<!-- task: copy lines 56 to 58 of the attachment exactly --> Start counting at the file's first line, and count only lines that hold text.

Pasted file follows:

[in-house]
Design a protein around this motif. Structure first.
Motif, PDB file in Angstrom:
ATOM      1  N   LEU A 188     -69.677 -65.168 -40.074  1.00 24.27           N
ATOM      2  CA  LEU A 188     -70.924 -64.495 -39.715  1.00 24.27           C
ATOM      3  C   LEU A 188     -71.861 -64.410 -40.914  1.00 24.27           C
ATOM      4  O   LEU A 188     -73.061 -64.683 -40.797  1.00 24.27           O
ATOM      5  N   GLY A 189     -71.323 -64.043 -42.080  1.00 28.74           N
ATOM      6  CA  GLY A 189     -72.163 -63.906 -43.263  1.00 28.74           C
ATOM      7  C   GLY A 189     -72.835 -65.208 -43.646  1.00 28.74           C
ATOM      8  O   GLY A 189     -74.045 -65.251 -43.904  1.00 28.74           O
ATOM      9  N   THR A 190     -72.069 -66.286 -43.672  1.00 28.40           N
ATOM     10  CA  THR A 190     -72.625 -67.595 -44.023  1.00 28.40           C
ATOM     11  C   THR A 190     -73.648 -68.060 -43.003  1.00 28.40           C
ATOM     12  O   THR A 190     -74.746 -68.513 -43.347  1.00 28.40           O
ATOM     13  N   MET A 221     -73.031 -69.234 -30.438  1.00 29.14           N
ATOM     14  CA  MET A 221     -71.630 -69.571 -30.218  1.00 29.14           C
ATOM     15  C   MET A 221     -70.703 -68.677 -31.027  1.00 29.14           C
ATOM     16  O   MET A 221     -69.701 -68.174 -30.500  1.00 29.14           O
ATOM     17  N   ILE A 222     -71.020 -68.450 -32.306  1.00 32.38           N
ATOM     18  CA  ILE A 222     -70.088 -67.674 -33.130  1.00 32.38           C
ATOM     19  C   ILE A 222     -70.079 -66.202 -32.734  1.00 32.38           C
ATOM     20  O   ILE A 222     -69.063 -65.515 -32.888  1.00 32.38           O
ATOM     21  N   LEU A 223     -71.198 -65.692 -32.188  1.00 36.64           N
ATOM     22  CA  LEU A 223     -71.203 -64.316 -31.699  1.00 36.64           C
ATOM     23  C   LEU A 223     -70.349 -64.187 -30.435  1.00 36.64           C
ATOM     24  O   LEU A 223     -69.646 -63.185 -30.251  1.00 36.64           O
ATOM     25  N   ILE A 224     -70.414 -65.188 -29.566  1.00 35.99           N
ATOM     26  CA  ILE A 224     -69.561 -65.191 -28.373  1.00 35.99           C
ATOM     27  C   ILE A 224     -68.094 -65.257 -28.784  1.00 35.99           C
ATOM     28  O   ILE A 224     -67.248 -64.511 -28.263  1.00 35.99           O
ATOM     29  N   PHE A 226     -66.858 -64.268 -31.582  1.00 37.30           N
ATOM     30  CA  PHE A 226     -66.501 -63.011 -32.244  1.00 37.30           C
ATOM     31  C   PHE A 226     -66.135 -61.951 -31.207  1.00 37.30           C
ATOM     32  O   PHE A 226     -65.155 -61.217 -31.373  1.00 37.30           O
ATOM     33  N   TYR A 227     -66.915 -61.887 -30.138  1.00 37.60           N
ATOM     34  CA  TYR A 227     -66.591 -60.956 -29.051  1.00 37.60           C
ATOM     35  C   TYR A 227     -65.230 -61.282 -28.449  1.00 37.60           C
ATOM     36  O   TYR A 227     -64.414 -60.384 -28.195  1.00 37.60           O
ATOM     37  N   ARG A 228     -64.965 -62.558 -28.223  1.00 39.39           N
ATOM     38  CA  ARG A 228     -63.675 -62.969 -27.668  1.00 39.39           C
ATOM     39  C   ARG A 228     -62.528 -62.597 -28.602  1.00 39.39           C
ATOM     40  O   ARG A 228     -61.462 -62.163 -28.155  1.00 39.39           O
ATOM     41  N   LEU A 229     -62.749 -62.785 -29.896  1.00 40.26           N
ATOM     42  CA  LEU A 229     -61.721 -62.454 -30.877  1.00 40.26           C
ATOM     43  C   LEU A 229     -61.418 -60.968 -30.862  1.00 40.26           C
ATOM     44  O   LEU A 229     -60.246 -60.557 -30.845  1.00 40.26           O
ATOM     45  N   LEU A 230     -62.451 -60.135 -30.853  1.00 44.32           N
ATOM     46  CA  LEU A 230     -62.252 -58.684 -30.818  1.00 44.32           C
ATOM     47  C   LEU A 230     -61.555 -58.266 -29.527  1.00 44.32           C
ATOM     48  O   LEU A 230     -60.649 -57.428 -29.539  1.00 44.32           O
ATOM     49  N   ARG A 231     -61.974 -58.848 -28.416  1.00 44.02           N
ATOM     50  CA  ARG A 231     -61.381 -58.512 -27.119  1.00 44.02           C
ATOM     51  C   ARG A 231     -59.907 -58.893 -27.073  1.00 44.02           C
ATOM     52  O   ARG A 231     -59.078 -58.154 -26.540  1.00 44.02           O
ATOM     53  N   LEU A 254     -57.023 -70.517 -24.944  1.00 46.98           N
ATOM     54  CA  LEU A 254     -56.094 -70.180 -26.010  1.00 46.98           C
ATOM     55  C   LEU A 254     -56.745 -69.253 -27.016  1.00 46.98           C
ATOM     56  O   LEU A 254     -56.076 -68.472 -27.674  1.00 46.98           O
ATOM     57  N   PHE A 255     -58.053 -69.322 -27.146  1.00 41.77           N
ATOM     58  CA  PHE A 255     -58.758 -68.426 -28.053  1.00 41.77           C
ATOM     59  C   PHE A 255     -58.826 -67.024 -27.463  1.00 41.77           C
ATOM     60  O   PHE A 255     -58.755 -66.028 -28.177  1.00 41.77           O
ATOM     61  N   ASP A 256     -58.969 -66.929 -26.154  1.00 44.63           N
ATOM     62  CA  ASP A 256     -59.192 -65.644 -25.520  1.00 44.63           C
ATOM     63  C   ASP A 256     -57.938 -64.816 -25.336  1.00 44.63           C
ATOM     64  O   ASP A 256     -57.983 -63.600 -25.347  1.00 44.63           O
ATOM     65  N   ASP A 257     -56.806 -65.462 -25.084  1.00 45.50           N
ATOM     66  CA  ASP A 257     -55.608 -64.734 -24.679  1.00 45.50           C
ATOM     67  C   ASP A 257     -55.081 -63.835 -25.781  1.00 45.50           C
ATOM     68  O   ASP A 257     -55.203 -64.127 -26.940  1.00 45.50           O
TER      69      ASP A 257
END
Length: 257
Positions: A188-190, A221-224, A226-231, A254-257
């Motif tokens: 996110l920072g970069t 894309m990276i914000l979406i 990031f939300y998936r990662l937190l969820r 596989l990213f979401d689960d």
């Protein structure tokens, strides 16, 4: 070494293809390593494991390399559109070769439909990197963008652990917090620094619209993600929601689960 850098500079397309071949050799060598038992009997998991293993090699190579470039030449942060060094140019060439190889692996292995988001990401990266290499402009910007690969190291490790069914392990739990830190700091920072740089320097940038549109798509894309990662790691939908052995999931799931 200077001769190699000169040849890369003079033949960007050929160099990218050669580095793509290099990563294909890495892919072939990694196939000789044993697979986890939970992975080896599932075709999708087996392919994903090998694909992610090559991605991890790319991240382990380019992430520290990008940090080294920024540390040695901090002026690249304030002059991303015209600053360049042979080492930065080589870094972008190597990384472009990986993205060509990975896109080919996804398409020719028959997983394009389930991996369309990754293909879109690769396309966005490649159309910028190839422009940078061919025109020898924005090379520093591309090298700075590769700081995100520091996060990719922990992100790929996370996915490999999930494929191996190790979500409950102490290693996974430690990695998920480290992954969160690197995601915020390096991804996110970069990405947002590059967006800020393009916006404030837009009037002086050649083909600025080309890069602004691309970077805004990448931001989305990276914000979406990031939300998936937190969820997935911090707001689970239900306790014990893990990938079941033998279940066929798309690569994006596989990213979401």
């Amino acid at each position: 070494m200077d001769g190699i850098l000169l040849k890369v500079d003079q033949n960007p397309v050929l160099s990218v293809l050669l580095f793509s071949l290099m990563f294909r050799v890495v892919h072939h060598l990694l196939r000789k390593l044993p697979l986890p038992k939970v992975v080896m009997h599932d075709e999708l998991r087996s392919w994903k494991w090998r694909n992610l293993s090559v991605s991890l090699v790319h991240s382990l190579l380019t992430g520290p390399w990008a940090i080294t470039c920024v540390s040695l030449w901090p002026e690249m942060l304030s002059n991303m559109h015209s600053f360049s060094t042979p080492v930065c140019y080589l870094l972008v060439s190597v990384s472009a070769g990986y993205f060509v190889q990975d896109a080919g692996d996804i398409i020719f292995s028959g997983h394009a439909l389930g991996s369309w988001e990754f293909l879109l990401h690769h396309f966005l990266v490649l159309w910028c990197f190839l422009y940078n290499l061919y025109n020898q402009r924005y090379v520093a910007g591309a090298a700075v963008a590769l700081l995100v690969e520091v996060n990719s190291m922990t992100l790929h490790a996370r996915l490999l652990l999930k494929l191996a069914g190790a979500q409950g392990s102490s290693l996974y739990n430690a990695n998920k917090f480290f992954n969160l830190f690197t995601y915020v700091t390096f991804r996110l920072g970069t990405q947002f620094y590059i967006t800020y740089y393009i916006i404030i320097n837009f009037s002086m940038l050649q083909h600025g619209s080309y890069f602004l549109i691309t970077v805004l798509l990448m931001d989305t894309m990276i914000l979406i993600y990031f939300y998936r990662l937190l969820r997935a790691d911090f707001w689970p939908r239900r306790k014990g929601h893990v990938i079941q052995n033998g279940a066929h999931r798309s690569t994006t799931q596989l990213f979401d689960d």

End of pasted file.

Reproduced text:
ATOM     53  N   LEU A 254     -57.023 -70.517 -24.944  1.00 46.98           N
ATOM     54  CA  LEU A 254     -56.094 -70.180 -26.010  1.00 46.98           C
ATOM     55  C   LEU A 254     -56.745 -69.253 -27.016  1.00 46.98           C